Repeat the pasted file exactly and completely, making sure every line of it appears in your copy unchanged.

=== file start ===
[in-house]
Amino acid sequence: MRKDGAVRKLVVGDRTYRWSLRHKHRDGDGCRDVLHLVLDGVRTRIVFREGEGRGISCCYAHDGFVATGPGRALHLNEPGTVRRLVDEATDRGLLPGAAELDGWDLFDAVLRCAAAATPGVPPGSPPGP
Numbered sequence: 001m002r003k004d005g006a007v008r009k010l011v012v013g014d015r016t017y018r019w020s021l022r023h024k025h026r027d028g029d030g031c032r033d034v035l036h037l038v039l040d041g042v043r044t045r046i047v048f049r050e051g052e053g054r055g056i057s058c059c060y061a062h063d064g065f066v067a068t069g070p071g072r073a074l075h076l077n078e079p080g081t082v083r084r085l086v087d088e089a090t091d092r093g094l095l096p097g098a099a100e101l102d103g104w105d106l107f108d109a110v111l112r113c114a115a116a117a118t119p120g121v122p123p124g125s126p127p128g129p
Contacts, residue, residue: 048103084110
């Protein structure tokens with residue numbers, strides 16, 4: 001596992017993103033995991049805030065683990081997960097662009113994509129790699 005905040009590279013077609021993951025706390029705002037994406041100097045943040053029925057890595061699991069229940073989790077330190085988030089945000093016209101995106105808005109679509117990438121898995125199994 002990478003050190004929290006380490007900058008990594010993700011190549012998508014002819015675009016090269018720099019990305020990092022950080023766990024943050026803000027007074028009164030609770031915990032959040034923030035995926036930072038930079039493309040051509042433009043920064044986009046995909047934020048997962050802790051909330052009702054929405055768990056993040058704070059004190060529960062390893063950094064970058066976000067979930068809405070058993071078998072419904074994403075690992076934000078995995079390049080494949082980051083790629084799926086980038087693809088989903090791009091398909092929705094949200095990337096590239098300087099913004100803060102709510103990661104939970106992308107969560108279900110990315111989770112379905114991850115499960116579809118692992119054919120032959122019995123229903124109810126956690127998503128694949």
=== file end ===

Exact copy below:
[in-house]
Amino acid sequence: MRKDGAVRKLVVGDRTYRWSLRHKHRDGDGCRDVLHLVLDGVRTRIVFREGEGRGISCCYAHDGFVATGPGRALHLNEPGTVRRLVDEATDRGLLPGAAELDGWDLFDAVLRCAAAATPGVPPGSPPGP
Numbered sequence: 001m002r003k004d005g006a007v008r009k010l011v012v013g014d015r016t017y018r019w020s021l022r023h024k025h026r027d028g029d030g031c032r033d034v035l036h037l038v039l040d041g042v043r044t045r046i047v048f049r050e051g052e053g054r055g056i057s058c059c060y061a062h063d064g065f066v067a068t069g070p071g072r073a074l075h076l077n078e079p080g081t082v083r084r085l086v087d088e089a090t091d092r093g094l095l096p097g098a099a100e101l102d103g104w105d106l107f108d109a110v111l112r113c114a115a116a117a118t119p120g121v122p123p124g125s126p127p128g129p
Contacts, residue, residue: 048103084110
């Protein structure tokens with residue numbers, strides 16, 4: 001596992017993103033995991049805030065683990081997960097662009113994509129790699 005905040009590279013077609021993951025706390029705002037994406041100097045943040053029925057890595061699991069229940073989790077330190085988030089945000093016209101995106105808005109679509117990438121898995125199994 002990478003050190004929290006380490007900058008990594010993700011190549012998508014002819015675009016090269018720099019990305020990092022950080023766990024943050026803000027007074028009164030609770031915990032959040034923030035995926036930072038930079039493309040051509042433009043920064044986009046995909047934020048997962050802790051909330052009702054929405055768990056993040058704070059004190060529960062390893063950094064970058066976000067979930068809405070058993071078998072419904074994403075690992076934000078995995079390049080494949082980051083790629084799926086980038087693809088989903090791009091398909092929705094949200095990337096590239098300087099913004100803060102709510103990661104939970106992308107969560108279900110990315111989770112379905114991850115499960116579809118692992119054919120032959122019995123229903124109810126956690127998503128694949």